We need more Indigenous women in senior leadership positions. Let's challenge organisations for change

We need more Indigenous women in senior leadership positions. Let’s challenge organisations for change

There are not enough women, let alone Indigenous women, in senior leadership roles and in government positions, writes CEO Kristy Masella, a proud Darumbal woman and CEO of the Aboriginal Employment Strategy.
Kristy Masella

In the context of this year’s International Women’s Day (IWD) theme, Choose to Challenge, and a growing international Black Lives Matter movement, it’s timely to reflect on programs that support Aboriginal and Torres Strait Islander women to both challenge and succeed in the Australian workforce.

For the past 20 years, the Aboriginal Employment Strategy (AES), a national recruitment and group training company, has been empowering Indigenous people by brokering employment opportunities and supporting candidates through mentoring, coaching, training and specialist advice.

Over this time, it has secured 16,500 career placements and 1,500 traineeships for Aboriginal and Torres Strait Islander women. As an organisation, it also walks the talk. Sixty five percent of its managers, including its Chief Executive Officer, are Indigenous women.

The AES has chosen to challenge by spring-boarding Aboriginal and Torres Strait Islander women’s careers through two innovative programs. The first was an empowerment program called Cotton Blossoms, in honour of AES’s rich history that includes social change, activism, entrepreneurship and building on people’s existing strengths. The name symbolises a 24-year history that had its genesis in the cotton fields of Moree in north west NSW.

This ground-breaking program planted the seeds of strength and leadership in all young women. It invested in their growth through mentoring and skills building, and focused on developing resilient, strong, versatile and empowered young women to be the next generation’s social entrepreneurs, and business and community leaders.

In 2020, Cotton Blossoms was superseded by AES’s Boss Lady program. It was built on the successes of the first program but has a greater focus on supporting young women into management and leadership roles, and into careers in male-dominated industries like construction.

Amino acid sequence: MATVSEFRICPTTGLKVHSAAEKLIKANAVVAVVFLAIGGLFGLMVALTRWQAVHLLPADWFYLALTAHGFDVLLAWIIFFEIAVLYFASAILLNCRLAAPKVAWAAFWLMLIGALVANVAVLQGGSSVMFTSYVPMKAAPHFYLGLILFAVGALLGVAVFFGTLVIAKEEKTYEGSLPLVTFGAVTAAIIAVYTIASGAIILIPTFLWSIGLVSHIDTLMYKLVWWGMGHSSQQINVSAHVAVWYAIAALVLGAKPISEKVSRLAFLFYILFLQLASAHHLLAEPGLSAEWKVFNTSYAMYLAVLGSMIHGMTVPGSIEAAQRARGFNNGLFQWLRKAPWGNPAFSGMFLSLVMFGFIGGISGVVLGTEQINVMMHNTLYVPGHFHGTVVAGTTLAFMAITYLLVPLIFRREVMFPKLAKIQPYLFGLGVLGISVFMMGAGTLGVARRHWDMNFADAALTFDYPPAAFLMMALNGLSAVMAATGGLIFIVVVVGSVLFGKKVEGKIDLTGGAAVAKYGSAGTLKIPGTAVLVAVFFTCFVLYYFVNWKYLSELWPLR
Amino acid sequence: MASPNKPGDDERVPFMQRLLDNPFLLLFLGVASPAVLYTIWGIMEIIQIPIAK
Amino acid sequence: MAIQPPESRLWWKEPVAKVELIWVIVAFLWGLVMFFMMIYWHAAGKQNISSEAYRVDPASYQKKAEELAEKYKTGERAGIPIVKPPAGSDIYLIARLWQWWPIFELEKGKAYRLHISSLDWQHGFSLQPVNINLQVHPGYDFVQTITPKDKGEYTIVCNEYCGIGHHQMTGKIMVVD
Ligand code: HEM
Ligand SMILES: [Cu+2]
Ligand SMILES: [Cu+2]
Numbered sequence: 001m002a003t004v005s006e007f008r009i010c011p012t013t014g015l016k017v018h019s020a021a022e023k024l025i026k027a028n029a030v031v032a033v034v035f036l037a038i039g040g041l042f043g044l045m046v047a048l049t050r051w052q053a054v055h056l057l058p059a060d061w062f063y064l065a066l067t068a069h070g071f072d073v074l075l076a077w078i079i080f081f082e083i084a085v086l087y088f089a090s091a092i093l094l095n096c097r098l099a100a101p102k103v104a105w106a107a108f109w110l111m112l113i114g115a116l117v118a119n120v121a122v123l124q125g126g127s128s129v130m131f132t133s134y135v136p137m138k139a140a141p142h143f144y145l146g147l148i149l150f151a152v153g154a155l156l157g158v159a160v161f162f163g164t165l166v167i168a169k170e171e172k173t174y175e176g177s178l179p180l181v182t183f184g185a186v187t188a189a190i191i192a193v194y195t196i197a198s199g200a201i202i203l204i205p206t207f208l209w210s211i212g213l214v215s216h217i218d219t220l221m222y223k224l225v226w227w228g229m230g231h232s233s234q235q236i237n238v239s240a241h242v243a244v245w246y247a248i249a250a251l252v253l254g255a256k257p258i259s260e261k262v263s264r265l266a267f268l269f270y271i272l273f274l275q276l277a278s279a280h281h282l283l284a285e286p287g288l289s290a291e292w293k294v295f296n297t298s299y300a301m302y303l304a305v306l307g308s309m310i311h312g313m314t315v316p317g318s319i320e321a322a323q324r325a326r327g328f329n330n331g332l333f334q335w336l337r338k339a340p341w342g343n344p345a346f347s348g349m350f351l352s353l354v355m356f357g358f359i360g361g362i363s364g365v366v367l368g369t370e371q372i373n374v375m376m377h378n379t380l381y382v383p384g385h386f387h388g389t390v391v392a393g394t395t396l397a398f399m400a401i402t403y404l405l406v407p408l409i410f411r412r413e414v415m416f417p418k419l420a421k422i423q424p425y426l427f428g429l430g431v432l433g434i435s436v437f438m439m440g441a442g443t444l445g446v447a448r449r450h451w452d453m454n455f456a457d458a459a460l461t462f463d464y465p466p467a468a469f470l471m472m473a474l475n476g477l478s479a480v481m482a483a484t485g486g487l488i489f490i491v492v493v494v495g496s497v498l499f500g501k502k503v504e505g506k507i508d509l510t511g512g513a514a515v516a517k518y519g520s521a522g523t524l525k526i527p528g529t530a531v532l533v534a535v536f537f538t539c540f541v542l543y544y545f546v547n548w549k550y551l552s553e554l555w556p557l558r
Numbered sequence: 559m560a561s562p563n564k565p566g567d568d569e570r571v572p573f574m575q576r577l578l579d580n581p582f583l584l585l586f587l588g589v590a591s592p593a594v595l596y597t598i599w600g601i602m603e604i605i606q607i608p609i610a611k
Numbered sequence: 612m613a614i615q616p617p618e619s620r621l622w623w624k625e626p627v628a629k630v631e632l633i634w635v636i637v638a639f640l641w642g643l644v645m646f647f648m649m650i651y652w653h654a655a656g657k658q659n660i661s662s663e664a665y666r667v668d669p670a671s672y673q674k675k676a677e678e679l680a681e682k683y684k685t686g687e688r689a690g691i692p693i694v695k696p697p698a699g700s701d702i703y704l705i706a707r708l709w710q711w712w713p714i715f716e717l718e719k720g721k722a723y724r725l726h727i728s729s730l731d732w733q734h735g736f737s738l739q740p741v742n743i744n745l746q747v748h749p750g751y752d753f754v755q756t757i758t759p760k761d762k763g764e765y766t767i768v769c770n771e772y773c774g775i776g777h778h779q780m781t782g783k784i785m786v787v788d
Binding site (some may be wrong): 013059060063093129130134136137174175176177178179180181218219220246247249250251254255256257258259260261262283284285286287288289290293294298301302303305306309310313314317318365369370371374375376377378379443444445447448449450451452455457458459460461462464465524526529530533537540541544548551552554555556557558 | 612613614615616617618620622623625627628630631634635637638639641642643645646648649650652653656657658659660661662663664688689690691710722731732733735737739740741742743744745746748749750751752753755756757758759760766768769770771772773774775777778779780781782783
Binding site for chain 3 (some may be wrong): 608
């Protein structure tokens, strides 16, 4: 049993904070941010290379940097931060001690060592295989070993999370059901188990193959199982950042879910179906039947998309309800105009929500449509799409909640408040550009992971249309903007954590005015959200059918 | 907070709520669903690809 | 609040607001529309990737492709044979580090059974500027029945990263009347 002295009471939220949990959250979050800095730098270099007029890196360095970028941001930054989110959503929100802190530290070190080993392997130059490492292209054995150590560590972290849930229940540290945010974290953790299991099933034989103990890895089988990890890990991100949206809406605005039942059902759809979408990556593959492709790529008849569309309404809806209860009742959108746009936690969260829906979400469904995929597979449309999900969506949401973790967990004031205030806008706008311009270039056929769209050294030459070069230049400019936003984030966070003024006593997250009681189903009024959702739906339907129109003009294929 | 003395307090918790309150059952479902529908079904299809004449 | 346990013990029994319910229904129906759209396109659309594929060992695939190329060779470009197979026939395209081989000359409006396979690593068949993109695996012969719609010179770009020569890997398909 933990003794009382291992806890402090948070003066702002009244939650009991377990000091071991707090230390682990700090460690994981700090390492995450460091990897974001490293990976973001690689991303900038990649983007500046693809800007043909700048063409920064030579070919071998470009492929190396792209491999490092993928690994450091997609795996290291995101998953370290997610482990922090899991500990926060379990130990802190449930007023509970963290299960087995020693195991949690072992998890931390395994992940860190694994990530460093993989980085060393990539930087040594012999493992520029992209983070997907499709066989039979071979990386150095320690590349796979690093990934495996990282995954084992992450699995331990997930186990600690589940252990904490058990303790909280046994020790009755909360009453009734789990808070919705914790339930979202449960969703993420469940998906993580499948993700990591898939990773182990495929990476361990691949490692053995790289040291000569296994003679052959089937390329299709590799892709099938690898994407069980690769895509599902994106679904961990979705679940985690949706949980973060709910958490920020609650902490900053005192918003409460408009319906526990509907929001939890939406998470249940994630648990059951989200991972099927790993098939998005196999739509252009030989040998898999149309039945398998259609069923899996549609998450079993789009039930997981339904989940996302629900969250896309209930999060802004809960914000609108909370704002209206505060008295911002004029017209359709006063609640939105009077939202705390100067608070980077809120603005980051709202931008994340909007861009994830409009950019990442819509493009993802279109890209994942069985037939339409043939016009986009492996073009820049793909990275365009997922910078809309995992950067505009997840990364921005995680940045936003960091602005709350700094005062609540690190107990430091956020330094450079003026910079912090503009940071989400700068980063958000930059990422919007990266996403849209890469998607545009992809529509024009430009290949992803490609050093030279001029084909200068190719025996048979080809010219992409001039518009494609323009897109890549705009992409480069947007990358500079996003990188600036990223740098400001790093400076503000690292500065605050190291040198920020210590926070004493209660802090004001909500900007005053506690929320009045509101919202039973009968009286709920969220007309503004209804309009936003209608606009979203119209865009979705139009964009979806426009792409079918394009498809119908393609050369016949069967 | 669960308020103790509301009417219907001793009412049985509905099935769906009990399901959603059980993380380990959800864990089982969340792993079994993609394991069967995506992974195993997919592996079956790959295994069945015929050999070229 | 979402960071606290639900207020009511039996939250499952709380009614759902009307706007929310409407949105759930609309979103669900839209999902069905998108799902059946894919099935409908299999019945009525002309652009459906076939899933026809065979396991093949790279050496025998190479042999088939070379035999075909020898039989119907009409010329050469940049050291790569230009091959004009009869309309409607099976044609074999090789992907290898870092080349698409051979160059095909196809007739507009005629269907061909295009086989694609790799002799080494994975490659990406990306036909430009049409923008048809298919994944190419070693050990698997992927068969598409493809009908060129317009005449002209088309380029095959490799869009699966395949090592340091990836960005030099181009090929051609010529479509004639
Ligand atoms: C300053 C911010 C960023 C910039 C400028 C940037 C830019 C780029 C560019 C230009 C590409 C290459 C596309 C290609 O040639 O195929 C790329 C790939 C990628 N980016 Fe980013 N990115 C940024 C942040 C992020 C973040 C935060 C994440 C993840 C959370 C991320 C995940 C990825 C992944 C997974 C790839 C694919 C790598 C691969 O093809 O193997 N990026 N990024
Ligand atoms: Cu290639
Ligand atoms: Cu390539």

‘Boss Lady’ is an attitude not a title. It aims to develop Aboriginal and Torres Strait Islander women who are equipped to tackle any career or workplace challenge they choose and offers the following range of services and support:

  • Professional mentoring
  • Career planning
  • Peer support
  • Shadowing with women senior leaders
  • Access to paid voluntary leave to support women’s charities and initiatives
  • Individual budget to invest in a special project/cause of choice
  • Participation in Conferences/seminars/professional development and training
  • Small booster grants to support young women achieve their career goals.

The programs’ results speak for themselves. Measured at the milestone mark of 26 weeks, Aboriginal and Torres Strait Islander women supported into employment by the AES are staying in jobs at a far greater rate than others. And securing better jobs.

Importantly, AES programs have had a significant impact on Aboriginal women’s occupational status, as the majority of placements have been significantly higher on the Australian Socioeconomic Index’s occupational status scales. These scales have been widely used in a range of disciplines over the past 40 years to convert data coded in accordance with the official occupational classifications of the Australian Bureau of Statistics (ABS) into occupational status scores.

Inroads to the male-dominated construction industry have also been significant. With AES support, Aboriginal and Torres Strait Islander women, have secured roles as traffic controllers, dogwomen, crane operators, riggers, labourers, carpenters, electricians, plumbers, waterproofers, project managers, engineers and procurement officers.

However, there are still not enough women, let alone Indigenous women, in senior leadership roles and in governments. We want to keep smashing those glass ceilings and, if it’s the challenge we choose, replacing our glass slippers with steel capped boots too!

IWD is a global event celebrating the social, economic, cultural and political achievements of women that also marks a call to action for accelerating gender parity.

The IWD 2021 website says: “A challenged world is an alert world and from challenge comes change.”

But let’s not just think about how to forge a gender equal world. Let’s act too. It’s action that brings change. So, what can you do in your workplace to facilitate this? Can you improve support for women? Do you have programs that invest in women’s development and training? How can you attract more Aboriginal and Torres Strait Islander women into your organisation?

We can all play our part in forging change. Not just on International Women’s Day but every day, every year.

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